Even though you can plug in numbers to solve this question, it is important to notice one important algebraic caveat in this type of problems.

Statement 1 is sufficient. However it provides only 1 equation with 2 variables.

R (1.5) (2) = D

At first glance, it looks like you cannot solve this using the Equation Rule of Sufficiency (the one that states that "you need n number of distinct, linear equations to solve for n variables..."). The catch is that all Distance problems are already giving us 1 equation and 3 variables, namely R * T = D.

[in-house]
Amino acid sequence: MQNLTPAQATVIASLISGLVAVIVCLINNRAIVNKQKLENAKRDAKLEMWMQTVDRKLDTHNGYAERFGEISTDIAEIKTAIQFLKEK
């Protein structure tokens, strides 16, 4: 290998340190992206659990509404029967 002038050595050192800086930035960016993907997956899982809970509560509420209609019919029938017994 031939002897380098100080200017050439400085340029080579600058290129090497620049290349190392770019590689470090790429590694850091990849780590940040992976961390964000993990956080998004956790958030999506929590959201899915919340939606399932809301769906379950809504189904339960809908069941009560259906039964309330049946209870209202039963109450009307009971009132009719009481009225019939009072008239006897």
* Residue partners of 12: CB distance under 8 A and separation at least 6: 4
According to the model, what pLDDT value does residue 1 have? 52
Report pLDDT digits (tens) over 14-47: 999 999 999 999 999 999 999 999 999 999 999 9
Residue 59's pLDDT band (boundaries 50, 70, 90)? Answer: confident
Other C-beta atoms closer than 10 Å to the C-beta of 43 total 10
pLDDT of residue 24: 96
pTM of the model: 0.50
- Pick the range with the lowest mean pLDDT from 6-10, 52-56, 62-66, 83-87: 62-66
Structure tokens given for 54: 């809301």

So when you look at statement 1 you actually have 2 equations and 3 variables

(1.5) (2) = D/R

T = D/R

If you substitute, you kill one variable and thus you can solve.

(1.5) (2) = T

3 = T

Statement 2 is insufficient.

The equations you have are:

T = D/R

R = 50

3 Variables, 2 Equations --> Insufficient.

_________________

Consider giving me Kudos if I helped, but don´t take them away if I didn´t!

What would you do if you weren´t afraid?